Here is all you need to know about diverticular disease

Herbal medicalist columnist Nicola Parker breaks the taboo over toilet habits.

By Nicola Parker
Friday, 5th April 2019, 11:12 am
Updated Friday, 5th April 2019, 11:14 am

Toilet habits can be a bit of a taboo, something we don’t talk about for fear of upsetting polite company.

Not for me, though. As a herbalist, toilet habits are an everyday conversation and I often get some funny looks at some of the questions I ask in my clinic.

There’s no getting around it, though, knowing the health of your bowel can be key to providing the right treatment. It also helps to avoid common complications of the digestive system that can occur as we age.

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Diverticular disease is a condition linked to long-term constipation. It’s something I screen for at every appointment because, although it can be preventable, as many as half of people over 60 have it.

So why is such a condition so common?

Is it because nobody is talking about it?

Diverticular disease occurs when hard stools or gas cause enough pressure in the bowel that pockets form. Pockets may be tiny or over 2cm in size, and they don’t

always cause symptoms.

Many diverticular pockets are discovered while undergoing tests for something completely unrelated and many people live with the condition while barely noticing it.

For others, diverticular disease can cause stomach pain, bloating, constipation and diarrhoea. Pockets may become inflamed or infected, causing blood and mucus in the stool. This is known as diverticulitis.

Diverticulitis causes much worse symptoms, including fever, feeling sick, severe pain and an altered heart rate.

It’s important to see your GP if you experience symptoms like these, but your local herbalist may be able to help in general to reduce the

frequency and severity of flare-ups.

When trying to manage or prevent diverticular flare ups, it’s very important to keep your stool soft and avoid constipation. To do this, it’s necessary to include lots of water and fibre in your diet.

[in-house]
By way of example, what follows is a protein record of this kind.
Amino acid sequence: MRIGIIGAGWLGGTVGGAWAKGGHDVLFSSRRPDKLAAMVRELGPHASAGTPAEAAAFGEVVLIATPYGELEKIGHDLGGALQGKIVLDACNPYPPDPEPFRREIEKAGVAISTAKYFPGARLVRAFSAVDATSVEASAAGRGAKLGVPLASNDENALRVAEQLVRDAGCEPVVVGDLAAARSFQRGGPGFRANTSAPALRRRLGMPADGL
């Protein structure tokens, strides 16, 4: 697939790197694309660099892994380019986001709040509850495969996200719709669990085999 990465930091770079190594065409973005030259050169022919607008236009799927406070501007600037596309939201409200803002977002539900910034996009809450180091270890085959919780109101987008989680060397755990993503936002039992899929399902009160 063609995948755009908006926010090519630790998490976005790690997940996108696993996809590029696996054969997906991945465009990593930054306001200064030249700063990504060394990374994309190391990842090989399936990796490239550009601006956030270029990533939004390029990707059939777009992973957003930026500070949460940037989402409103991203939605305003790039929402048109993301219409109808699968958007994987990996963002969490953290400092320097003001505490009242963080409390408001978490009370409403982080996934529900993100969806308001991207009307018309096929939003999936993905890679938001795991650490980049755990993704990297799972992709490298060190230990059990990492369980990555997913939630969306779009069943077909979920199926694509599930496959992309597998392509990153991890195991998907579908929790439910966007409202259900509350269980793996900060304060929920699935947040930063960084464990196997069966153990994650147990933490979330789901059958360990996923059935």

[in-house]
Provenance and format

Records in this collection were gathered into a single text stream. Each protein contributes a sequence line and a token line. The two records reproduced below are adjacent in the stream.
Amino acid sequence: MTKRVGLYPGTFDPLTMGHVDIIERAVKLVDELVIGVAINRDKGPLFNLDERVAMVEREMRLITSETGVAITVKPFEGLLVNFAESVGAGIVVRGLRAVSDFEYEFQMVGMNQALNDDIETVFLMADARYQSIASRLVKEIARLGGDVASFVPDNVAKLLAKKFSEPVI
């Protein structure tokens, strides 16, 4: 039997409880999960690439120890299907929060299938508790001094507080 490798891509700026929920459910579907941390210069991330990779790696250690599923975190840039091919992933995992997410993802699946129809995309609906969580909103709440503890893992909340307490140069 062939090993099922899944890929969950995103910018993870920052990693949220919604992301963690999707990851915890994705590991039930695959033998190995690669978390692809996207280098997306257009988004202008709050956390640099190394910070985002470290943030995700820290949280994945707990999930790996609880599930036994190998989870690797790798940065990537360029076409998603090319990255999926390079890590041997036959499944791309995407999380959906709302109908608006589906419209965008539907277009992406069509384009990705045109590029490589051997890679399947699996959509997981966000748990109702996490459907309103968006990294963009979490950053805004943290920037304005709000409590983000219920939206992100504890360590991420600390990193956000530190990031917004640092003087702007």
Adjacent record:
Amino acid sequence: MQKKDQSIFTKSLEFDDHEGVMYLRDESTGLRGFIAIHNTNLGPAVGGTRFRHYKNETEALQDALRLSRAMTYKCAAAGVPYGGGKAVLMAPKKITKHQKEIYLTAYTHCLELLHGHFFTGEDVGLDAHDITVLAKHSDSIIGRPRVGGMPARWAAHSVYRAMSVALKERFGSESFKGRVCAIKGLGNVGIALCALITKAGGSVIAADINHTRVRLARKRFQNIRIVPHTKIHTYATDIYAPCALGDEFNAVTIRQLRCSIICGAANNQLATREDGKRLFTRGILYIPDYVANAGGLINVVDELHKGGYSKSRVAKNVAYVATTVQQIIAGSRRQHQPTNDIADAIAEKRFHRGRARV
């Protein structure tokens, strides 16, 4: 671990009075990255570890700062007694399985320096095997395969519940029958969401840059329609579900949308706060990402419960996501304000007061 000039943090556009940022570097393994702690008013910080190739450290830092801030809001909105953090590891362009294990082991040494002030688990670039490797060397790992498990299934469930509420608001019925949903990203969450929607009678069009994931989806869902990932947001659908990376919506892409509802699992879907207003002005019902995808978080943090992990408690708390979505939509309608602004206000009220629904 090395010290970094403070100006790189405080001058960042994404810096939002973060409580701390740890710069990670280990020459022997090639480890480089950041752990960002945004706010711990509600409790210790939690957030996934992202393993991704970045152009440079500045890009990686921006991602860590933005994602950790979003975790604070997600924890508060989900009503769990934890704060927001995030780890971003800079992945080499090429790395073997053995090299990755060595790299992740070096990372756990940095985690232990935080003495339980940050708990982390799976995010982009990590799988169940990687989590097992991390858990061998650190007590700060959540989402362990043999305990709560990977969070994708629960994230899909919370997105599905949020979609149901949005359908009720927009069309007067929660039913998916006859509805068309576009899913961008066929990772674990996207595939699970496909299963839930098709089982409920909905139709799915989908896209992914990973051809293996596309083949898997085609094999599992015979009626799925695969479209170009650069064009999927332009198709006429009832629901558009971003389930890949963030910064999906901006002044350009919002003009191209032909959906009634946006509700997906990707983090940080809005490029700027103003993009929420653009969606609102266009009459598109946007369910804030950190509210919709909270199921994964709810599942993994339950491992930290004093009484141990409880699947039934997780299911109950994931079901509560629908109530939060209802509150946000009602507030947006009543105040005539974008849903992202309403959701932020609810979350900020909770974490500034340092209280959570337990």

Fibre absorbs water and carries it into the bowel, so it’s important that you have both of these elements.

When increasing your fluid intake, don’t just increase tea and coffee.

These are diuretic and will encourage your kidneys to flush the water out.

Furthermore, the tannins and oxalates in tea and coffee affect your absorption of magnesium, the mineral that keeps your bowel muscles strong.

If your magnesium levels are low, you might suffer from cramp, restless legs, twitchy muscles or sluggish bowel function. Taking a magnesium supplement can restrengthen bowel muscles rapidly.

I often quote the story of a lady who lost 8lbs of stool in a week after we concluded that her weakened bowel needed retoning.

After seven days on magnesium and improved fluid intake, her bowel began to evacuate everything it hadn’t been able to before. She felt lighter, more comfortable and more energetic very quickly.

To avoid constipation and maintain a healthy bowel, try taking a probiotic capsule on a regular basis. A probiotic does for the bowel what vitamin C does for the immune system. It looks after the area, giving your colon extra support against gas, hard stools and inflammation that could trigger flare-ups. By colonising the area with the friendly bacteria in probiotics, it makes it more difficult for problematic bacteria to survive and take up space.

I recently helped a lady after a diverticulitis flare-up had left her hospitalised.

After being discharged, her diarrhoea was so severe, she’d had to take time off work and the financial stress of this was making her fearful for her future. Since the initial flare-up and infection had been treated, I offered her some anti-inflammatory bowel herbs, including marigold and chamomile, two of my favourite wound healers. Bowel herbs like these work very quickly, so I requested a repeat visit within the week.

Not only had her diarrhoea settled, but she confided that this was the first time in 20 years that she’d been pain-free. Her diverticular disease had been causing problems for so long, she had just assumed that the pain and discomfort were lifelong symptoms that she needed to live with.

Diverticular disease and other bowel problems could be more manageable than you think. If you have explored what your GP can offer you and still feel unsatisfied with your options, try contacting your local herbalist and, above all, don’t be afraid to talk about it.